I have been a fan of the Detroit Tigers since the Summer of 1984. That means I am lucky enough to vividly remember my baseball team winning a World Series title, and waiting for them to win another. Since every year the team itself asks me who my Tiger is I decided to write about my favorite 25 Tigers since I became a fan…at eight years old…This has less to do with performance as it does with whatever intangible qualities Tigers’ players have…I mean this is the town that loved Brandon Inge and Don Kelly…and no neither one of those players will make my list…With all of that being said…
#10 First Baseman Cecil Fielder
By the time the clock ran out on the 1980’s the Detroit Tigers needed to be rebuilt, maybe not totally but they had lost a good amount of their power at the plate in the years following the terrible loss in the 1987 ALCS. Manager Sparky Anderson and his team were coming off a very disappointing 59-103 1989 campaign. Something needed to be done and more power had to be found. For what amounts to the first big foray into free agency GM Bill Lajoie went out into the market to find the pieces that could make his club competitive again. He landed Tony Phillips to several infield positions and help at the corner outfield spots, Lloyd Moseby to replace Chet Lemon (who moved over to RF) in Center…and then found the power he needed and a first baseman in Cecil Fielder who had played 1989 in Japan.
Cecil would play in Detroit till the trading deadline of the 1996 season when Randy Smith started selling off the parts to lock the team into his his now infamous five year rebuilding plan. In that time he became a very popular player due to his ability to hit balls very, very far. In his first season in Detroit he smacked 51 home runs…while 40 home runs as become something of a norm in recent years crossing the 50 tater plateau is still something very special. In fact only two Tigers have ever hit 50 home runs in one season…Of course with all that power and big swings come a lot of strike outs and in 1990 Cecil whiffed 182 the most of a Tigers hitter ever. He would win a silver slugger award and finish second in the MVP vote.
When he was signed it was not a very trumpeted move. The fans did not really know who he was…only true hardcore baseball fans knew who Cecil was and that he had been a bench warmer with the Toronto Blue Jays before going to Japan to find a bigger role with a team over there. In two years time that would all change and not only would Cecil be a adopted Detroit son but his 12 year old boy Prince would become famous for hitting a home run at Old Tiger Stadium. The team would also have new ownership and the new owner would fall in love with his big power hitter so much so that he severely over paid for his son in reaction to a Victor Martinez injury…a move that was later undone in a trade but remains a 6 million dollar per season line item on the Tigers’ payroll.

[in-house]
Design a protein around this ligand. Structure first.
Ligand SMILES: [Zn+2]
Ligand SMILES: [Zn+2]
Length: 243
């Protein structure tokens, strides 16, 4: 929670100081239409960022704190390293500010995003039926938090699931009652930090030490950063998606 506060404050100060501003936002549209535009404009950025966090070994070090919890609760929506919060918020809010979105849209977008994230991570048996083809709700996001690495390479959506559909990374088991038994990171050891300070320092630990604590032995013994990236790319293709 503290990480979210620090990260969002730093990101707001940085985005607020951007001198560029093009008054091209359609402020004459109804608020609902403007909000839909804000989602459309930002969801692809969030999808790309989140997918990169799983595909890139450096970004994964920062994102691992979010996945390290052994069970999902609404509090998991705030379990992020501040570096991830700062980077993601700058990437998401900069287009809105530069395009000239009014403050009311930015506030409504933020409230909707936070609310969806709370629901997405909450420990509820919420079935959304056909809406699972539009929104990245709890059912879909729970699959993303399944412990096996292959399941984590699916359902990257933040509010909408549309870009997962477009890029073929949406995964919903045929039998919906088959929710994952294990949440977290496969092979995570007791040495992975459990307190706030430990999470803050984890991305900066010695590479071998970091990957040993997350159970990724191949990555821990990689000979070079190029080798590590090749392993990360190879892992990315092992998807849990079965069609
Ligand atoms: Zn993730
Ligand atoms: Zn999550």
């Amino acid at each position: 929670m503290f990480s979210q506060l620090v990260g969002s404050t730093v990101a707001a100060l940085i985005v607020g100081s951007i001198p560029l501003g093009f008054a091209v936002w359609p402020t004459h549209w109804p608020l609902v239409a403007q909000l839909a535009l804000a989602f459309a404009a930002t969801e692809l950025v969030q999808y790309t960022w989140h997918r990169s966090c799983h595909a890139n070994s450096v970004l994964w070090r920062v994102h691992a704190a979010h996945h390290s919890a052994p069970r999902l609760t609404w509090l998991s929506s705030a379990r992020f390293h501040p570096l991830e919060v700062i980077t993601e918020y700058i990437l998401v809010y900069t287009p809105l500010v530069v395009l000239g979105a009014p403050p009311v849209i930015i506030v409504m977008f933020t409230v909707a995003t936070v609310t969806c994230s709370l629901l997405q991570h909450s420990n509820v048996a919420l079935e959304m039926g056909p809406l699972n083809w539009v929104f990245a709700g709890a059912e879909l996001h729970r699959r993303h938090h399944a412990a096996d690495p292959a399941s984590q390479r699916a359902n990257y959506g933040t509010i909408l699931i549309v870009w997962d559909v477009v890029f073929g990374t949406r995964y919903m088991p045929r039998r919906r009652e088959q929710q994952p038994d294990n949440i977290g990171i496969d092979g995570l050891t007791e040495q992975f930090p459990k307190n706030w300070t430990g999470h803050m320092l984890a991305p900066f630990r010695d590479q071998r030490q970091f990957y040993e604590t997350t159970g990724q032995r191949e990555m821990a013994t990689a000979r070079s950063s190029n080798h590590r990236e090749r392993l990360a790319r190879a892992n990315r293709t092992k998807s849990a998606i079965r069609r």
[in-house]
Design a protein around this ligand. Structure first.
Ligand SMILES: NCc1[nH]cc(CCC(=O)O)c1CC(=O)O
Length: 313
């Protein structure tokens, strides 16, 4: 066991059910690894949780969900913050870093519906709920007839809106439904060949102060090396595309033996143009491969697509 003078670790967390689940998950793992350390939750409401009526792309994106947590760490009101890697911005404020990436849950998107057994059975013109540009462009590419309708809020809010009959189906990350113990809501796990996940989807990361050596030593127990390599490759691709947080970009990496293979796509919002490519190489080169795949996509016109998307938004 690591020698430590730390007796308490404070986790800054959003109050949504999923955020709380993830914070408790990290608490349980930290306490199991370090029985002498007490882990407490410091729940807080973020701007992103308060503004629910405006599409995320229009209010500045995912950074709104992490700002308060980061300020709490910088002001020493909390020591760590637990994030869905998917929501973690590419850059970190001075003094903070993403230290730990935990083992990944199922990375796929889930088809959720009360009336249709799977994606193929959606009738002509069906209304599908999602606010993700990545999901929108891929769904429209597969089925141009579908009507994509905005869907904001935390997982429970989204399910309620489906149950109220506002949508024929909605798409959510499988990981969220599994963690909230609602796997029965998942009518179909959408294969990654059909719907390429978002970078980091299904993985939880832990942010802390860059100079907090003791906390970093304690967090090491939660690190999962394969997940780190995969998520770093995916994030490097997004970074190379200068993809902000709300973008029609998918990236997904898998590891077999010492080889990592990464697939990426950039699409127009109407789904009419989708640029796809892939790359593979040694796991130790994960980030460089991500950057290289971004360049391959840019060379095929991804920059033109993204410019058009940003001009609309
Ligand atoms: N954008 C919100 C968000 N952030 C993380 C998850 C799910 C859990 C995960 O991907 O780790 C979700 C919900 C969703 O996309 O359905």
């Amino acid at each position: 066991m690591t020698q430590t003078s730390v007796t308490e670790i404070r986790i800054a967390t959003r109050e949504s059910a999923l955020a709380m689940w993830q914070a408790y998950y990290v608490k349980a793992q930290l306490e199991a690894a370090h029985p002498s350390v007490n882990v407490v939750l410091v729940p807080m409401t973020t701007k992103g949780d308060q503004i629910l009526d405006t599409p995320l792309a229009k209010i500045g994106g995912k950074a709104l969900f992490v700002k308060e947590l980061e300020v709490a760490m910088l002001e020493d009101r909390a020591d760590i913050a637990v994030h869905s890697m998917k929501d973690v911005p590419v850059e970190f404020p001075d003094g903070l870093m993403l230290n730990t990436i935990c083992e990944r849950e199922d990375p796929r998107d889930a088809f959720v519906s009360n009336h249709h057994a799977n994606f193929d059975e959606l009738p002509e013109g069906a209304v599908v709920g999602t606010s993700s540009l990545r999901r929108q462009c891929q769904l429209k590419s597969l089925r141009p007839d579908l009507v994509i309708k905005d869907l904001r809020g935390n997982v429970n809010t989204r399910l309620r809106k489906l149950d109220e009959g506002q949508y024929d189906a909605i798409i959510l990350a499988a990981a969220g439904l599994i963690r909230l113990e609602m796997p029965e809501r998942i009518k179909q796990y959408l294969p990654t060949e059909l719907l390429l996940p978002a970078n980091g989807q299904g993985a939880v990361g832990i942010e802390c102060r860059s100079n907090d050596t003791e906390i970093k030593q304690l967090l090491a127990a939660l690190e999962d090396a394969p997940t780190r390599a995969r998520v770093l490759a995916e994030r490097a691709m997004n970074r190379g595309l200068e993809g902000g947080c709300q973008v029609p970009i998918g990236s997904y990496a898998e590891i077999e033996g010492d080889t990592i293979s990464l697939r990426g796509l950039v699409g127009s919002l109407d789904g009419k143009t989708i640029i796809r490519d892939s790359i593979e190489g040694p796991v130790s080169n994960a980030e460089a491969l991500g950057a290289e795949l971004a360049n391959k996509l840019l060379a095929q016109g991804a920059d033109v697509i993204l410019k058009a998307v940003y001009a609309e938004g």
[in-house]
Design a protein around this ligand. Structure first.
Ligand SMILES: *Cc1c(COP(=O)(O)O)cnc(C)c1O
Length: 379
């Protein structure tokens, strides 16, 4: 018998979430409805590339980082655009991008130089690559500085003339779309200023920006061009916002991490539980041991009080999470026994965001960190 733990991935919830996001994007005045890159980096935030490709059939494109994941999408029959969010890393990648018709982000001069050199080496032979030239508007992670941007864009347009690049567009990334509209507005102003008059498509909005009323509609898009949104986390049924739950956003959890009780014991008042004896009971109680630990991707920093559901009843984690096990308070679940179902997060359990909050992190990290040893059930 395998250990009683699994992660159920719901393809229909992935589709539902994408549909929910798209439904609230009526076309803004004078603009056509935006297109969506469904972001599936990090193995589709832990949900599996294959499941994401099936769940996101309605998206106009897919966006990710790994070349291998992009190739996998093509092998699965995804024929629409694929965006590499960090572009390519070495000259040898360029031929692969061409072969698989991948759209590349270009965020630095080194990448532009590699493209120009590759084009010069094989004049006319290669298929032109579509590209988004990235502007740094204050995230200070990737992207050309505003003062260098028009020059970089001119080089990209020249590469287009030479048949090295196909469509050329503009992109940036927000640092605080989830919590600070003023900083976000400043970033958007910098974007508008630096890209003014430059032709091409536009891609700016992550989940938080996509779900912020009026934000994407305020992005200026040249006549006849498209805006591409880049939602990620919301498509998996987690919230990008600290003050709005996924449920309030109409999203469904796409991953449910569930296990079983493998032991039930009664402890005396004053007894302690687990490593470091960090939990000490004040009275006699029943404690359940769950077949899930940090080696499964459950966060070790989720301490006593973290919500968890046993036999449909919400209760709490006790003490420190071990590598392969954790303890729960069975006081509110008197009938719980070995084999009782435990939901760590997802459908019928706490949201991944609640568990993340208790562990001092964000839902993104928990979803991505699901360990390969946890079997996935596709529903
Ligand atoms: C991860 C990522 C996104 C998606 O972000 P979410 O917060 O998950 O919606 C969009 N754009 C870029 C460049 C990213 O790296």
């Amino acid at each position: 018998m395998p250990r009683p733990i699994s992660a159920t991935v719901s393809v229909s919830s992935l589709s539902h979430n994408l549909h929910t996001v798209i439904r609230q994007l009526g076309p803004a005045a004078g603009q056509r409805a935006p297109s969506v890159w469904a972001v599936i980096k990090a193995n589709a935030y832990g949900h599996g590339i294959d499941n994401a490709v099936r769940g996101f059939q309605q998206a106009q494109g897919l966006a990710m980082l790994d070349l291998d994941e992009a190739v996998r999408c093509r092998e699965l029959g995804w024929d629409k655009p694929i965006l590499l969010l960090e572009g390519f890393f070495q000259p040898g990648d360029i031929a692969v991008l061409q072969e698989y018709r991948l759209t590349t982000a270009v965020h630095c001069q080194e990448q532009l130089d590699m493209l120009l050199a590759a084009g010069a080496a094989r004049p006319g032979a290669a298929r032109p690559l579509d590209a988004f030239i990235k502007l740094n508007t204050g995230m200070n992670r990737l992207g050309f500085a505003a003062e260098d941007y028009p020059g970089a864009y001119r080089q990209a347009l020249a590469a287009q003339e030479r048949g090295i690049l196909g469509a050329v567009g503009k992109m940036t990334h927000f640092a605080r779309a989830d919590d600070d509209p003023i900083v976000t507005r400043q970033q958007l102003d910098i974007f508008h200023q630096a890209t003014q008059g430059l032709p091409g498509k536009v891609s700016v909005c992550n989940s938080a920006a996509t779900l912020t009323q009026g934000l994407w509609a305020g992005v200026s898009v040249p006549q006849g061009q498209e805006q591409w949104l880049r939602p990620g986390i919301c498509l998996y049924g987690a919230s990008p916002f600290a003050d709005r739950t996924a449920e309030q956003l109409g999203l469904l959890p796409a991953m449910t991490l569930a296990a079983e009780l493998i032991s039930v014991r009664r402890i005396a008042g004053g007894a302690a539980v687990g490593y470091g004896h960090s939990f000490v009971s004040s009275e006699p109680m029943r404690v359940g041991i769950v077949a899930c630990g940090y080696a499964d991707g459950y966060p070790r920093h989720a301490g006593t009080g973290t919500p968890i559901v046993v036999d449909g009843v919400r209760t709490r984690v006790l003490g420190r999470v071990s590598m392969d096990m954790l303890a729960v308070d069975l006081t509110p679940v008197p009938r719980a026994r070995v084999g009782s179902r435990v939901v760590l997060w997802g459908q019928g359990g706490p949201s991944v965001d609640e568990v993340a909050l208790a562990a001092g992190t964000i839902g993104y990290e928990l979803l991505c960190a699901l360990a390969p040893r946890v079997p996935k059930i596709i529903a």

When Cecil came to town the era of the 1980’s great Tiger teams was at an end. Many of the stars of that team had moved on and the core of the team was aging. He wasn’t a big name signing but given the fact he hit 100 home runs over the next three years and batted in over 120 runs in each of those first three seasons he became a Tigers’ legend. However power alone cannot carry a team and the simple fact here is the Tigers of the early 1990’s didn’t have the arms to contend. The team would competed for the divisional crown deep in the the 1993 season but that would be the lone bright spot for the entire decade of the 1990’s.
The simple fact here is we loved Cecil for his bat. In six and more than a half seasons he was an All Star three times, won two Silver Sluggers, and finished second in the MVP voting twice. However, his Tigers teams never won a division…never made the playoffs…but they did manage to win 80 plus games twice. I have to wonder how much we would love this huge man had he helped bring our team back to the post season. While he signing did not make a huge splash he smashed three home runs in a spring training game that let Tigers fans know a new superstar had come to town. The early 1990’s Tigers were a team in dire need of some power at the plate, star power, and personality. Cecil was all of that and more. His signing began a new era for the team…the 1980’s Tigers were done and Cecil was the bridge to the next era for our baseball team. While that era was the worst of my time as a Tigers fan I still hold a lot of fondness for the Cecil days.